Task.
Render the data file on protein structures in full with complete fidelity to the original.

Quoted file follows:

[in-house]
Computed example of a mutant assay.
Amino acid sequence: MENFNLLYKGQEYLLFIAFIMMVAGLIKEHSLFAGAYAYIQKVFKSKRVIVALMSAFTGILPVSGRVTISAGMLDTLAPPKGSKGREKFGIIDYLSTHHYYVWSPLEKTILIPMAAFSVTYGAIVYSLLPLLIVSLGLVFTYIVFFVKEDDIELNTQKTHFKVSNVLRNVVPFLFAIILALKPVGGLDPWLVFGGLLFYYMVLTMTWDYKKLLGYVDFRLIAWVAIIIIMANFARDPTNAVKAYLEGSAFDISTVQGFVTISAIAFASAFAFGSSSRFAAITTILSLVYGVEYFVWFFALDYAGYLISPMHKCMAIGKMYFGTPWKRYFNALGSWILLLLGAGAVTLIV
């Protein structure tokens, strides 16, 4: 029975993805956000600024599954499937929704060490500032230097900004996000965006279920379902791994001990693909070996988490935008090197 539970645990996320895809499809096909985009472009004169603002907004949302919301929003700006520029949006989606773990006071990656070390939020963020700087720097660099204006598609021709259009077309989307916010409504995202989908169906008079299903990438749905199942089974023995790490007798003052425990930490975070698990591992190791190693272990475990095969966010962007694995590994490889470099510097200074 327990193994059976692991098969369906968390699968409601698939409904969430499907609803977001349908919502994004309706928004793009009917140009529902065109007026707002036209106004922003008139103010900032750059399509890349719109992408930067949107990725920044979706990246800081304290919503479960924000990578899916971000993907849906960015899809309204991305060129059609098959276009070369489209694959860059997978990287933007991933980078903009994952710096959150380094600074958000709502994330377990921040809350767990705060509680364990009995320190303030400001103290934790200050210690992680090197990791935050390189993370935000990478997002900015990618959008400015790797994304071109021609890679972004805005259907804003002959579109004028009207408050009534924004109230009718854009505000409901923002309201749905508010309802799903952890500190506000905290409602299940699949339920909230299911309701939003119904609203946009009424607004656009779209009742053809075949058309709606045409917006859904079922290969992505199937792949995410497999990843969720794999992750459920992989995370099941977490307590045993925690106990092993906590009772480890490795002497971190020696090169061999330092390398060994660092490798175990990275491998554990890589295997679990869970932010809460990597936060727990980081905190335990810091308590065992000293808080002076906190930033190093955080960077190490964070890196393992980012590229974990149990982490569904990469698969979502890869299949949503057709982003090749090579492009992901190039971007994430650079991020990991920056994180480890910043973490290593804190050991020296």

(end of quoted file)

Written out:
[in-house]
Computed example of a mutant assay.
Amino acid sequence: MENFNLLYKGQEYLLFIAFIMMVAGLIKEHSLFAGAYAYIQKVFKSKRVIVALMSAFTGILPVSGRVTISAGMLDTLAPPKGSKGREKFGIIDYLSTHHYYVWSPLEKTILIPMAAFSVTYGAIVYSLLPLLIVSLGLVFTYIVFFVKEDDIELNTQKTHFKVSNVLRNVVPFLFAIILALKPVGGLDPWLVFGGLLFYYMVLTMTWDYKKLLGYVDFRLIAWVAIIIIMANFARDPTNAVKAYLEGSAFDISTVQGFVTISAIAFASAFAFGSSSRFAAITTILSLVYGVEYFVWFFALDYAGYLISPMHKCMAIGKMYFGTPWKRYFNALGSWILLLLGAGAVTLIV
């Protein structure tokens, strides 16, 4: 029975993805956000600024599954499937929704060490500032230097900004996000965006279920379902791994001990693909070996988490935008090197 539970645990996320895809499809096909985009472009004169603002907004949302919301929003700006520029949006989606773990006071990656070390939020963020700087720097660099204006598609021709259009077309989307916010409504995202989908169906008079299903990438749905199942089974023995790490007798003052425990930490975070698990591992190791190693272990475990095969966010962007694995590994490889470099510097200074 327990193994059976692991098969369906968390699968409601698939409904969430499907609803977001349908919502994004309706928004793009009917140009529902065109007026707002036209106004922003008139103010900032750059399509890349719109992408930067949107990725920044979706990246800081304290919503479960924000990578899916971000993907849906960015899809309204991305060129059609098959276009070369489209694959860059997978990287933007991933980078903009994952710096959150380094600074958000709502994330377990921040809350767990705060509680364990009995320190303030400001103290934790200050210690992680090197990791935050390189993370935000990478997002900015990618959008400015790797994304071109021609890679972004805005259907804003002959579109004028009207408050009534924004109230009718854009505000409901923002309201749905508010309802799903952890500190506000905290409602299940699949339920909230299911309701939003119904609203946009009424607004656009779209009742053809075949058309709606045409917006859904079922290969992505199937792949995410497999990843969720794999992750459920992989995370099941977490307590045993925690106990092993906590009772480890490795002497971190020696090169061999330092390398060994660092490798175990990275491998554990890589295997679990869970932010809460990597936060727990980081905190335990810091308590065992000293808080002076906190930033190093955080960077190490964070890196393992980012590229974990149990982490569904990469698969979502890869299949949503057709982003090749090579492009992901190039971007994430650079991020990991920056994180480890910043973490290593804190050991020296």